Oil was down Thursday morning in Asia, but remained near three-month lows. An uptick in global COVID-19 cases, alongside a build in U.S. gasoline inventories, all increased pressure on the black liquid.
Both Brent and WTI futures were under the $70-mark, after falling more than 5% over the past six sessions, and traded near their lowest level since May 24 during the previous session.
“Crude prices continue to look vulnerable around those mid to late summer support levels, $65 in WTI and $67 in Brent,” Craig Erlam, senior market analyst at OANDA Europe, said in a note.
Oil has been hit hard by decreasing demand in China, the top oil importer globally, as restrictive measures to curb the country’s latest COVID-19 outbreak remain in place.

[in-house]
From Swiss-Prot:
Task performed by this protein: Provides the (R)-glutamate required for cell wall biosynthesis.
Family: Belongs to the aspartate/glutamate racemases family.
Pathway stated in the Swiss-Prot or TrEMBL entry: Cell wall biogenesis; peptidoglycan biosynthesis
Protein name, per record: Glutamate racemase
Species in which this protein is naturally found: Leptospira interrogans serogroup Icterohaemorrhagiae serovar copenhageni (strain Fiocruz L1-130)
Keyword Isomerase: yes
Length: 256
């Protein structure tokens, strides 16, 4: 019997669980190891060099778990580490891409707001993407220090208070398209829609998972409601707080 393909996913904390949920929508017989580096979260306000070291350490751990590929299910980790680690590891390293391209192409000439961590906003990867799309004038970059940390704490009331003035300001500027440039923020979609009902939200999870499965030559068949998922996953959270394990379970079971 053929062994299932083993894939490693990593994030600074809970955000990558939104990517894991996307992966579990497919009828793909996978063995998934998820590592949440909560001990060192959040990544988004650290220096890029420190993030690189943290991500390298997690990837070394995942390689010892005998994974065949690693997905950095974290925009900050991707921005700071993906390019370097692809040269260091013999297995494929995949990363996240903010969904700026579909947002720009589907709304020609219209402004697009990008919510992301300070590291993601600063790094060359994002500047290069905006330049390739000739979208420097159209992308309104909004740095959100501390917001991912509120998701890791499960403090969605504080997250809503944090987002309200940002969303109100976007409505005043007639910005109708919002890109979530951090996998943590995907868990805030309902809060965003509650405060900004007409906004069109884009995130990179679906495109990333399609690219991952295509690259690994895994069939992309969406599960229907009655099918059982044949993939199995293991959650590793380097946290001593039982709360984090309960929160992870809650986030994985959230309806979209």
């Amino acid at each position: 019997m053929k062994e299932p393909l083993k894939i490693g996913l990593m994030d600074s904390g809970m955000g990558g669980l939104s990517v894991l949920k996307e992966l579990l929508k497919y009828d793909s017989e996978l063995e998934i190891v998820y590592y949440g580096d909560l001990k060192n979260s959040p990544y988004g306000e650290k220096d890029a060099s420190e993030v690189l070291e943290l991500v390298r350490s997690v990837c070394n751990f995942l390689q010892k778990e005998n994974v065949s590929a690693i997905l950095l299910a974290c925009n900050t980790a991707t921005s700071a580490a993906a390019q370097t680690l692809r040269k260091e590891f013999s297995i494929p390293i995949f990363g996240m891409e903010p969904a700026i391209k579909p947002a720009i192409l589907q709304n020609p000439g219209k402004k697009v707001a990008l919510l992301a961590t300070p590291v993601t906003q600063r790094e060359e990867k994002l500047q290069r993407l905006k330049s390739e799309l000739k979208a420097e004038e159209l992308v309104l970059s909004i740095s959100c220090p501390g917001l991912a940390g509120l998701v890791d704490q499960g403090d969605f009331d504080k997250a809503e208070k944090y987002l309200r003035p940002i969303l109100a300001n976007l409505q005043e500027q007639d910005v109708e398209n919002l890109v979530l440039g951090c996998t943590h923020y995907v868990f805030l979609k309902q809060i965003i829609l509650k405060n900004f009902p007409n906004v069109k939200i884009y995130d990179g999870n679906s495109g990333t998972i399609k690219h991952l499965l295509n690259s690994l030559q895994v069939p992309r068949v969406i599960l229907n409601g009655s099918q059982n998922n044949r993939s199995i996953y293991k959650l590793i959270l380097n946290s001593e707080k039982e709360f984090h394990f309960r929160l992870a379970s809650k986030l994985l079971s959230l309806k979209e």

Concerns over slower fuel demand were exacerbated by a surprise build in U.S. gasoline inventories. U.S. Energy Information Administration (EIA) data showed a 696,000-barrel build in gasoline supplies. Investing.com forecasts had predicted a draw of 1.671 million barrels, while a 1.4-million-barrel draw was recorded during the previous week.
The EIA data also showed a 3.234-million-barrel draw in U.S. crude oil supplies in the week to Aug. 13. Investing.com forecasts predicted a 1.055-million-barrel draw, while a 447,000-barrel draw was reported during the previous week.
Crude oil data from the American Petroleum Institute released the day before, showed a draw of 1.163 million barrels.